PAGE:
There are really only a couple acceptable credit card actions to keep us within our budget for debt elimination: 1) Pay cash instead of using a credit card.   2) Use a debit card instead of a credit card. 3) If we use our credit card, use it like a debit card and pay the balance off each month. 4) If we do get a balance on our card, make it a priority to pay the debt off within the year so it does not accumulate into something that becomes insurmountable, (And break the budget).

Final Word

Living in financial freedom does not allow for carrying credit card balances that drain our bank accounts and ruin our budgets. We found here today that a family of four living in Austin Texas can only handle about $228/month in credit card payments, yet, the average American today pays almost six times that amount each month!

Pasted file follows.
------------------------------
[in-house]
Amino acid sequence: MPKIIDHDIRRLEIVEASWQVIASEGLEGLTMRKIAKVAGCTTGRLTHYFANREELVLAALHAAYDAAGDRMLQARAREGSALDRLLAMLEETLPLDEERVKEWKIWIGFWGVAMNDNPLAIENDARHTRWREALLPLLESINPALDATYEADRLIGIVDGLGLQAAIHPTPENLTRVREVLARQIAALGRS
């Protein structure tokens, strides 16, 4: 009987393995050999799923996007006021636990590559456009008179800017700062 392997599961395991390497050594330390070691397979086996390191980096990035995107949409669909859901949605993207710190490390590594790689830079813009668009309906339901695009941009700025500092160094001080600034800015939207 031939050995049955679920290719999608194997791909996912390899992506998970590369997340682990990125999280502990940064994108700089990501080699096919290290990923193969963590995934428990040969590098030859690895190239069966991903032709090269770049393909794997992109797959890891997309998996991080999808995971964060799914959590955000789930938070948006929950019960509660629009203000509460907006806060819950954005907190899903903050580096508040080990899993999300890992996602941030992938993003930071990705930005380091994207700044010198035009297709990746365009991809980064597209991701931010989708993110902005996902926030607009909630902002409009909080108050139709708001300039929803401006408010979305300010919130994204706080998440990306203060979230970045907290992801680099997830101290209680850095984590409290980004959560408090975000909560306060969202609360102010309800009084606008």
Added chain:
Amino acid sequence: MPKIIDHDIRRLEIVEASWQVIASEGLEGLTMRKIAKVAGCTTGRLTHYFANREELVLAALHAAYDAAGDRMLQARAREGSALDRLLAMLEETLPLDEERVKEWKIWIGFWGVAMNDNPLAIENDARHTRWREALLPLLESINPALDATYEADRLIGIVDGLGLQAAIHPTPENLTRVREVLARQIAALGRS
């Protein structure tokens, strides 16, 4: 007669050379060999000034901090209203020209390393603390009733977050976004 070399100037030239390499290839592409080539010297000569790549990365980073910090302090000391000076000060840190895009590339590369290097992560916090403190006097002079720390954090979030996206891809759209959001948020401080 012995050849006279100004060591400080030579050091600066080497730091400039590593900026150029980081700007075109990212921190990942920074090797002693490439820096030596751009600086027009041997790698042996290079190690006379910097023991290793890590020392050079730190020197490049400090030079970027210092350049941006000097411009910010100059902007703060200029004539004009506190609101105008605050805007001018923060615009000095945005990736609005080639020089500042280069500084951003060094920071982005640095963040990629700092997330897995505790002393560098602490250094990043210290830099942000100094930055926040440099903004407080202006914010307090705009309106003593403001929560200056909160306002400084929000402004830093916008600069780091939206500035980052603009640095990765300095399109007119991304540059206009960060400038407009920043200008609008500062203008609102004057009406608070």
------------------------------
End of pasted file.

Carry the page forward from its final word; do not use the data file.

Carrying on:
Fight to be credit card debt free. Use cash or a debit card. Work hard to be patient and only spend money that you have instead of using the credit card company’s money. If you must use your credit card and develop a balance in your account. Strive to pay it off quickly so that the exception (credit card debt) does not become the rule. Financial freedom is not easy, but it is worth it. Because that money we are not paying credit card companies in the form of interest payments can be better used to fund our goals and dreams.

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The Total Money Makeover: Classic Edition: A Proven Plan for Financial Fitness